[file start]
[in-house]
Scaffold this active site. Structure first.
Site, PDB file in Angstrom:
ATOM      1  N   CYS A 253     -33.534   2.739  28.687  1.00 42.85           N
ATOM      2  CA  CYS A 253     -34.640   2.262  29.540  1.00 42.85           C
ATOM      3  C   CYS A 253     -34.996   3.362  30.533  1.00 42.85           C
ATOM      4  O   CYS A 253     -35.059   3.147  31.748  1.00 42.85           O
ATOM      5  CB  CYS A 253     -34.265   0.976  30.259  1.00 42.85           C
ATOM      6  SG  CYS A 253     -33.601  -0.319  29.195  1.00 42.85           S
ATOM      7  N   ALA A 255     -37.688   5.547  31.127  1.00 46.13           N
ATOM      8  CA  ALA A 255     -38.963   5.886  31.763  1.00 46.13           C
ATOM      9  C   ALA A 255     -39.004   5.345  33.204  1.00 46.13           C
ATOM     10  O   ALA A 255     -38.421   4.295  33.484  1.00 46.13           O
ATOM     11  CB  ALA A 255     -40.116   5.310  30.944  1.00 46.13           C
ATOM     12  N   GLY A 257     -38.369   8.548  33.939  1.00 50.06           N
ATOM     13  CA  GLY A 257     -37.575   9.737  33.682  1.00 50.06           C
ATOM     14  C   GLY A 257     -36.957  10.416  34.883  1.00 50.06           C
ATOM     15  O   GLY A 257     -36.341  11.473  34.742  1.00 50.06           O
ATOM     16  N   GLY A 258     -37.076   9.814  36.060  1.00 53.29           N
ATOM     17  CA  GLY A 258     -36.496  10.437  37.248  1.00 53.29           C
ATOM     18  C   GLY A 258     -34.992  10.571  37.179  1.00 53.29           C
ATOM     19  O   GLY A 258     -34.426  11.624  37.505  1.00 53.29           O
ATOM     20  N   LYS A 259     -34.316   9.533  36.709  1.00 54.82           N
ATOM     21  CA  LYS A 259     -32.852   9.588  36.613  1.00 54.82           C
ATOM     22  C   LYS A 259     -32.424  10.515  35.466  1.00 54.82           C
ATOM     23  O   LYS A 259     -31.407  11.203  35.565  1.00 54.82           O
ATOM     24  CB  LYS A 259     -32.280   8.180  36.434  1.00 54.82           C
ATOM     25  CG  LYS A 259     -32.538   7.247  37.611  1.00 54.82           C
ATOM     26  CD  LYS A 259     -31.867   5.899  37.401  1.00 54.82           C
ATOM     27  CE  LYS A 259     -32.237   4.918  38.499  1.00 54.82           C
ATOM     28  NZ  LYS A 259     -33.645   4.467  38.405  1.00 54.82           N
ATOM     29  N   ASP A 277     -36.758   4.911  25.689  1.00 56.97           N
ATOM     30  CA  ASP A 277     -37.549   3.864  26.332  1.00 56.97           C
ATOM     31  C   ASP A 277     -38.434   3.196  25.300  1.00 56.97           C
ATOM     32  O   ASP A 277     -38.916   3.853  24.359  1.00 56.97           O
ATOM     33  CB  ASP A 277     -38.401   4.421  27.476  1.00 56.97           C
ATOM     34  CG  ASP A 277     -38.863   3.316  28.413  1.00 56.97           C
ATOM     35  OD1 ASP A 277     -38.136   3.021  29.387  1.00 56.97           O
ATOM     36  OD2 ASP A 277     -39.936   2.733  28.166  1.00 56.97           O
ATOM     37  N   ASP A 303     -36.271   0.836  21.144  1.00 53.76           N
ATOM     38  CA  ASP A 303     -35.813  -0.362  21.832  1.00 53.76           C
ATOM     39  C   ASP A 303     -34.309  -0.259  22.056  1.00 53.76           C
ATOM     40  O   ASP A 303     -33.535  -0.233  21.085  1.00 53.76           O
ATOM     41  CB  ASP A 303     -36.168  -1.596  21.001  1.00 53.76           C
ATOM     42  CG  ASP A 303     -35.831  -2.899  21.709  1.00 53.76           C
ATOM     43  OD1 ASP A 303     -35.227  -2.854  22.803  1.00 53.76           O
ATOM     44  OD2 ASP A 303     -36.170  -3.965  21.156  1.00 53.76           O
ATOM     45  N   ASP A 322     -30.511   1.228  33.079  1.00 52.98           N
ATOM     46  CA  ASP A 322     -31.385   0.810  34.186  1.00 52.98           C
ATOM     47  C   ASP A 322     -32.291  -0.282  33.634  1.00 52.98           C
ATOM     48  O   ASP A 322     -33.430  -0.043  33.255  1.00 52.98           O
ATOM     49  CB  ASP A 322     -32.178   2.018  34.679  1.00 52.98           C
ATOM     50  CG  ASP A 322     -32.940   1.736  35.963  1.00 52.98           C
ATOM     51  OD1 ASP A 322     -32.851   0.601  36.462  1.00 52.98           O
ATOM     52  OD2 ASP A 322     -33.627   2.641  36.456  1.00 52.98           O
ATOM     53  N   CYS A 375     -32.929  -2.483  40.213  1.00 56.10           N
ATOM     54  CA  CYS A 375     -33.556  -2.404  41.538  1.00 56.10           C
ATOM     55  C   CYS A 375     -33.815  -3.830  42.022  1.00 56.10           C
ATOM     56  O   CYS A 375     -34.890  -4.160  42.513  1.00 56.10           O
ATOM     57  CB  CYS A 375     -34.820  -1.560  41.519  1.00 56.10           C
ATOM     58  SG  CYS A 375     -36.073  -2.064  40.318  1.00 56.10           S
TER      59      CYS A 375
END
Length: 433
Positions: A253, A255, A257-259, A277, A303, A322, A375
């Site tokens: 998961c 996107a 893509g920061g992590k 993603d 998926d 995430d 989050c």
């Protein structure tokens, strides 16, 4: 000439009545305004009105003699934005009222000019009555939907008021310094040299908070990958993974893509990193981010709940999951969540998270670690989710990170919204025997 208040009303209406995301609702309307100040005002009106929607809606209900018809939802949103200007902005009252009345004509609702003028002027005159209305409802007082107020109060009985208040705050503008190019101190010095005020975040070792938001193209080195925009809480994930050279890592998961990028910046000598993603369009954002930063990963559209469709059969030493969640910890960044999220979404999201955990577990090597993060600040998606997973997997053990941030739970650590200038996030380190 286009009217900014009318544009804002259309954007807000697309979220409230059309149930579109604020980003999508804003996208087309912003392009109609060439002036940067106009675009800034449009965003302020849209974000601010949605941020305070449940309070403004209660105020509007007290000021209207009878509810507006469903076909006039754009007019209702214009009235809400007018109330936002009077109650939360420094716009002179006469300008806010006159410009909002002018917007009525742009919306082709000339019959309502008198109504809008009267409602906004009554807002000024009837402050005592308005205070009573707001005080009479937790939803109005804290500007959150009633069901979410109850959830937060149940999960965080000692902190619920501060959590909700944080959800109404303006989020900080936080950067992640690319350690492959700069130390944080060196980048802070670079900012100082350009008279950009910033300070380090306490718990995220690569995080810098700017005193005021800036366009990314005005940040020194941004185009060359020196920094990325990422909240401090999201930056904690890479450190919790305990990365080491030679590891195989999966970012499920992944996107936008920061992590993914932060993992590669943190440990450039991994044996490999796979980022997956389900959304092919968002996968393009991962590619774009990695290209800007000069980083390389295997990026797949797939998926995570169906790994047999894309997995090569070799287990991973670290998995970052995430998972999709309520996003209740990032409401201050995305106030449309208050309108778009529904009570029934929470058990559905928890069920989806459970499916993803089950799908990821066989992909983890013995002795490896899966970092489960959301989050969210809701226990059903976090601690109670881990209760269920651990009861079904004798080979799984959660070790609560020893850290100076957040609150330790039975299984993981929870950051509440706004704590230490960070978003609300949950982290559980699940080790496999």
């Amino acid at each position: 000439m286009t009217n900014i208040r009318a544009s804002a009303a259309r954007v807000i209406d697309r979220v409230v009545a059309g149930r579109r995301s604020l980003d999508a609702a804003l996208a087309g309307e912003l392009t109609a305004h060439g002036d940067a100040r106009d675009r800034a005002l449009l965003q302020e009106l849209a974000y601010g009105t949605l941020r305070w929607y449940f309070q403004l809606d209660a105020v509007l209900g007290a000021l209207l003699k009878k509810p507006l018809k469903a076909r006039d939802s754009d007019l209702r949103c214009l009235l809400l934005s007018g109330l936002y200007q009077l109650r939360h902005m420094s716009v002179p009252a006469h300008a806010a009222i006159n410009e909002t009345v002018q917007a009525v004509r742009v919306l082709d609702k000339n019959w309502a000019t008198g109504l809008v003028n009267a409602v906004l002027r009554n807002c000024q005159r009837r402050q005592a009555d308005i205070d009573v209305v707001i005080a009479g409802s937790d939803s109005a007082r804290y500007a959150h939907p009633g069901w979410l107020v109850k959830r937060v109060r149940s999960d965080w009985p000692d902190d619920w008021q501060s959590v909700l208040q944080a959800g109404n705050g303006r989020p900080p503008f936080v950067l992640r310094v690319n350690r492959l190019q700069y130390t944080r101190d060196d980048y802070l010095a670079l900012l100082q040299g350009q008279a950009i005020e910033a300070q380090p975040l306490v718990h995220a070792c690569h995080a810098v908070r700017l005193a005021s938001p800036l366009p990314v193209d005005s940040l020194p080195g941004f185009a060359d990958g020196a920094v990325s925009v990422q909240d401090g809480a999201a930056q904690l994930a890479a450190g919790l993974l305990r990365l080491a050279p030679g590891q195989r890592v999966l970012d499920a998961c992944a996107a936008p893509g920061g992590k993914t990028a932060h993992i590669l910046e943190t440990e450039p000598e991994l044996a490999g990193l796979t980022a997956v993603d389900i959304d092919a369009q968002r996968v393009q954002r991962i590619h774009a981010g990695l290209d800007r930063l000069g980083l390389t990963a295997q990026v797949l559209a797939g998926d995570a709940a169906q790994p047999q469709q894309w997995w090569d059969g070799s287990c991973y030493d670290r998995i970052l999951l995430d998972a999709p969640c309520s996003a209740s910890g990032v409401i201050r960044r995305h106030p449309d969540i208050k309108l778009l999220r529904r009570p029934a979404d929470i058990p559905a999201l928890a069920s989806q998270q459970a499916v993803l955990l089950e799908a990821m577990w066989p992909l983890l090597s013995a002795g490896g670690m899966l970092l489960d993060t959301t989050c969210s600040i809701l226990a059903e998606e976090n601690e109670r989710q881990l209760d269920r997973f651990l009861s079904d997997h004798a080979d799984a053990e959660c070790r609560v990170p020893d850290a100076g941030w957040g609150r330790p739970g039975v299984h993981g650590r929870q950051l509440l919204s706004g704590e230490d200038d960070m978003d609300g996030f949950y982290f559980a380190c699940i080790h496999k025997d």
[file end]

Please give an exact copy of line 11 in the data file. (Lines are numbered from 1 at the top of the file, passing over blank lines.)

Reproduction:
ATOM      8  CA  ALA A 255     -38.963   5.886  31.763  1.00 46.13           C